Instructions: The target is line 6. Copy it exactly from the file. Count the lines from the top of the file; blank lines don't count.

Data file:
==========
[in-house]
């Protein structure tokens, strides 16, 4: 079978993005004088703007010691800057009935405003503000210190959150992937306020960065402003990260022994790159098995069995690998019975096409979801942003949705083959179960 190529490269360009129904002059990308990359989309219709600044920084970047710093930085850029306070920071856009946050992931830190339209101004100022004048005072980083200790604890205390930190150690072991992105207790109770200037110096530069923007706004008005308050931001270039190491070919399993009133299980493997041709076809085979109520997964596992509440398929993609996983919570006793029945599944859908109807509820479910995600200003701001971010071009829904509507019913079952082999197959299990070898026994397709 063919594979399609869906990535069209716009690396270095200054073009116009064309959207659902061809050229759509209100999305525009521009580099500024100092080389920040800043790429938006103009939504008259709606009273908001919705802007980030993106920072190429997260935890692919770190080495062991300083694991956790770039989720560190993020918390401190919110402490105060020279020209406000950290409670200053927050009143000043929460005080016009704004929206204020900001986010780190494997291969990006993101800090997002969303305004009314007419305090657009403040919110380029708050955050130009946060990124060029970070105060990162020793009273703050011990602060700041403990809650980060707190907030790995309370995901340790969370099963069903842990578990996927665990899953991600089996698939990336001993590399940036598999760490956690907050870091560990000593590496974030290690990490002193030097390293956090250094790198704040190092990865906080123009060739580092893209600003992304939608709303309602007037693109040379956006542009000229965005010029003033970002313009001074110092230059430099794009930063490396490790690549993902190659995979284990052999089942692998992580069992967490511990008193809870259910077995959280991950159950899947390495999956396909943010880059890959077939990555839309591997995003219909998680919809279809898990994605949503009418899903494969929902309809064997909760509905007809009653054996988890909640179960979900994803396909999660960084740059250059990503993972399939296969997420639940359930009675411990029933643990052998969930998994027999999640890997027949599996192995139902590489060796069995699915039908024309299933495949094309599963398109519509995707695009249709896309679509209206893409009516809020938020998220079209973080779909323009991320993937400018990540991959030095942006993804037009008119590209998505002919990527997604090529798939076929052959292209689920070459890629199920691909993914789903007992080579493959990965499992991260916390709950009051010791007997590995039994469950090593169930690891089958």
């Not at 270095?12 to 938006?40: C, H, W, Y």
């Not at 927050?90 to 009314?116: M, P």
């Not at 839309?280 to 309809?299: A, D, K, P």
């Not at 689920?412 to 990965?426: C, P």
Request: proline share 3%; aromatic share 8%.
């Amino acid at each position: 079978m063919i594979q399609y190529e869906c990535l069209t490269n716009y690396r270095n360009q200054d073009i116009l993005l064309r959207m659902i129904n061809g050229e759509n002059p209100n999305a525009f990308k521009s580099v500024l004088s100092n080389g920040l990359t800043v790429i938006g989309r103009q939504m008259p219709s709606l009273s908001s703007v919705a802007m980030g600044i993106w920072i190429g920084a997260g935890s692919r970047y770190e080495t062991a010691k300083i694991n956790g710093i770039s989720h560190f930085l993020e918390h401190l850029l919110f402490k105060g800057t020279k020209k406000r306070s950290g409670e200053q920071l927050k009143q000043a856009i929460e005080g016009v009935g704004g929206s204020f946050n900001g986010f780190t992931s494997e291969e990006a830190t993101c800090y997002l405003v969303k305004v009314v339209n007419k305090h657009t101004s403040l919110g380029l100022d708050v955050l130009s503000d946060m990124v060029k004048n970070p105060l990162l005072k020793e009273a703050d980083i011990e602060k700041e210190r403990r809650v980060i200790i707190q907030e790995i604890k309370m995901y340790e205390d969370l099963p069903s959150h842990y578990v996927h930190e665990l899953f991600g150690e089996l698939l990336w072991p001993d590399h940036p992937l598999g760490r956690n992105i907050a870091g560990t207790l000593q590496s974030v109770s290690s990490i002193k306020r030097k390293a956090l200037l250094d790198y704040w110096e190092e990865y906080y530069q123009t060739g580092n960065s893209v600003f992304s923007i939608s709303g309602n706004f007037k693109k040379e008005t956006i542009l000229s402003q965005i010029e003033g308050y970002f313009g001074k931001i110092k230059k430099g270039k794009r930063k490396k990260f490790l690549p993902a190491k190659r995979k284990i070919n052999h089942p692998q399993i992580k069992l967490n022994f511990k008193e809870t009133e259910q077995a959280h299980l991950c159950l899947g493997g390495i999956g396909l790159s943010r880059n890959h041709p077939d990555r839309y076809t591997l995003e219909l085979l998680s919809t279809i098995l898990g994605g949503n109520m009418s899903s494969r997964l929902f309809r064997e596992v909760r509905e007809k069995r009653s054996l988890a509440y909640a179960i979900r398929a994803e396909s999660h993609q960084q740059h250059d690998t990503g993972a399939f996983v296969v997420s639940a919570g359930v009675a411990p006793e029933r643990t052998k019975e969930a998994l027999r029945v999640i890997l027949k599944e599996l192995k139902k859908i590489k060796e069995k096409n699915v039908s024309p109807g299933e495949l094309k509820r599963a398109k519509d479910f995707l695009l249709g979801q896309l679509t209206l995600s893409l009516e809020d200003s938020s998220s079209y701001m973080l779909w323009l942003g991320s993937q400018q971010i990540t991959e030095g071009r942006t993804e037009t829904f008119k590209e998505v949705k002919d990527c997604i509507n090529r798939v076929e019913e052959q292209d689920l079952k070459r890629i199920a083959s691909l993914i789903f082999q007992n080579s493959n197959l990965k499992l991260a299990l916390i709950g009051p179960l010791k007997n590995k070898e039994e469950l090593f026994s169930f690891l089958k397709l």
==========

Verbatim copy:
């Not at 689920?412 to 990965?426: C, P």